Book review: Climate for Culture, reviewed by Julian Bickersteth

Editors Johanna Leissner, Urban Kaiser, Ralf Kilian. Fraunhofer 2014, 95 pages, ISBN 978-3-00-048328-8

The Climate for Collections Munich conference in November 2012 at the Doerner Institute was a pivotal moment in the recent debate around appropriate environmental conditions for collections.
The post prints of the conference papers (Climate for Collections Standards and Uncertainties Doerner Institut 2013 edited by Jonathan Ashley-Smith, Andreas Burmester and Melanie Eibl) is probably the best single summary that exists around what is known and what is not known about suitable environmental conditions for cultural heritage collections in an age when the demand for a better understanding of the interactions between cultural heritage collections and the climate is pressing.
That conference was part of a larger EU Project Climate for Culture: Damage Risk assessment, economic impact and mitigation strategies for sustainable preservation of cultural heritage in times of climate change. This was the first large scale European funded research project in the field of preservation of cultural heritage. Whilst the project was building-focused, inevitably the findings impact on the environment in buildings, with resulting consequences for the conservation of collections, which is where the Climate for Collections conference fitted in.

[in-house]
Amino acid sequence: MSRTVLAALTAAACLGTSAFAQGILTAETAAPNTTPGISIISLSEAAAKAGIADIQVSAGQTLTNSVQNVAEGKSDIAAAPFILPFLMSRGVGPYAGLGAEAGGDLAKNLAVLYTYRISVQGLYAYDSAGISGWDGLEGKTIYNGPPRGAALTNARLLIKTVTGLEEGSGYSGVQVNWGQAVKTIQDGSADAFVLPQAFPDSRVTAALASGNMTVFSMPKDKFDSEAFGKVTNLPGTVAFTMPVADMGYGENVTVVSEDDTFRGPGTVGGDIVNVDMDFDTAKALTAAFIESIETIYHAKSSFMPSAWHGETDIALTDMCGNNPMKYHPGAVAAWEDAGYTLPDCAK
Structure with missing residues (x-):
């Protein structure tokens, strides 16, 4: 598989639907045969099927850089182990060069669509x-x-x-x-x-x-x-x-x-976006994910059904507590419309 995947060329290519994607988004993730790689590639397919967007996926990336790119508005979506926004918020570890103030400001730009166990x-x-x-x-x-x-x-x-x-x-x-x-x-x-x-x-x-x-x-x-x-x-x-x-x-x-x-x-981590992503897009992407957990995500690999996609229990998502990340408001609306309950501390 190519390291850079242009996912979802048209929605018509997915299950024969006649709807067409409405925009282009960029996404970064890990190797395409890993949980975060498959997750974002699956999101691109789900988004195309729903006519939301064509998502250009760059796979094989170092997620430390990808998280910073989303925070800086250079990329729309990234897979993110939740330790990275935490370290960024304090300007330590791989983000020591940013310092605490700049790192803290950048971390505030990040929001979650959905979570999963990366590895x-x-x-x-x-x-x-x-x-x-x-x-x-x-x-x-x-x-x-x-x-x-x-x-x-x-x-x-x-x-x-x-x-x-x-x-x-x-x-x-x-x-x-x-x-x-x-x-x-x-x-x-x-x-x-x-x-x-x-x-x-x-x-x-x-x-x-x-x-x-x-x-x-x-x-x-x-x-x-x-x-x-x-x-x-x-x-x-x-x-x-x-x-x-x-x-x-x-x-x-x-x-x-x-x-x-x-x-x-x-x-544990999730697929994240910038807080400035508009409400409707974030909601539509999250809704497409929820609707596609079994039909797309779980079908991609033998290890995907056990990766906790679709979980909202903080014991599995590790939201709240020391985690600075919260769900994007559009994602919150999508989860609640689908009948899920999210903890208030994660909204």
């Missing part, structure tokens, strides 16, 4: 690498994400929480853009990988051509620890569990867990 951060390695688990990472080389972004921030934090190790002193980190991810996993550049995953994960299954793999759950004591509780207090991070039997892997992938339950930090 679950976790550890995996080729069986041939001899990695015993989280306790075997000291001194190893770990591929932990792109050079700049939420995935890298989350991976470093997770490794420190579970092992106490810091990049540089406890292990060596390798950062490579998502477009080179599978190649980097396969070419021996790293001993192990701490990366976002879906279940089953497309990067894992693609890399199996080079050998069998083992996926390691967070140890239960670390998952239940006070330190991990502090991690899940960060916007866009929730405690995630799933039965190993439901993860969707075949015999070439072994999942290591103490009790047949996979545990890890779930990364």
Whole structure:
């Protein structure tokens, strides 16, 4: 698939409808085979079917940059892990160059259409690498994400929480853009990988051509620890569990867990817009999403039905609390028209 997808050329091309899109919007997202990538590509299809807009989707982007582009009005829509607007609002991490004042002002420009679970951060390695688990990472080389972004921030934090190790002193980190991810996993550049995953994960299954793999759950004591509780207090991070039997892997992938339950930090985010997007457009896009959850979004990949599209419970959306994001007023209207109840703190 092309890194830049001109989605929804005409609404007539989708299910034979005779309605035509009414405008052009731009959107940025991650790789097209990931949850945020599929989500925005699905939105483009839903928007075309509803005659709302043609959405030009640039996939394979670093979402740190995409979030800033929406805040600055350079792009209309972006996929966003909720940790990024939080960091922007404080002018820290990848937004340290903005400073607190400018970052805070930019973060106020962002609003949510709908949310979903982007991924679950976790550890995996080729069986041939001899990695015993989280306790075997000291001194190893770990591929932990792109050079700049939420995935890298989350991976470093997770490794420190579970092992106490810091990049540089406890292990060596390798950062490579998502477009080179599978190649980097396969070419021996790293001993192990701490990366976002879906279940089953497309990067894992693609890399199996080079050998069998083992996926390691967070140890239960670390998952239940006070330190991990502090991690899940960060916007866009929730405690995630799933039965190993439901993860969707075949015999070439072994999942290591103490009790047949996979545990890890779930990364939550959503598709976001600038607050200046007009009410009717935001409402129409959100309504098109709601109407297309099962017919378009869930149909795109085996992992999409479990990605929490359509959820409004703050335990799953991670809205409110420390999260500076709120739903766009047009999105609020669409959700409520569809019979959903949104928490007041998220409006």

The project’s overall findings of five years of research on the impact of climate change on historic buildings were presented at a conference in Munich in July 2014.
This short book Climate for Culture summarizes the conference papers and thus the project’s findings. The chapters cover Climate modelling, Building simulation to predict indoor climate conditions, Impact assessment and Stakeholder experiences.
There has been criticism in the past that much of the impact of changed environmental conditions on objects has been more experimentally than experientially focused. This book explores some of the experiential work that has been undertaken in this complex area. One useful component of the project has been the development of software known as Digichart that converts analogue thermo hygrograph data into digital form so historical data can be evaluated against contemporary data logger information.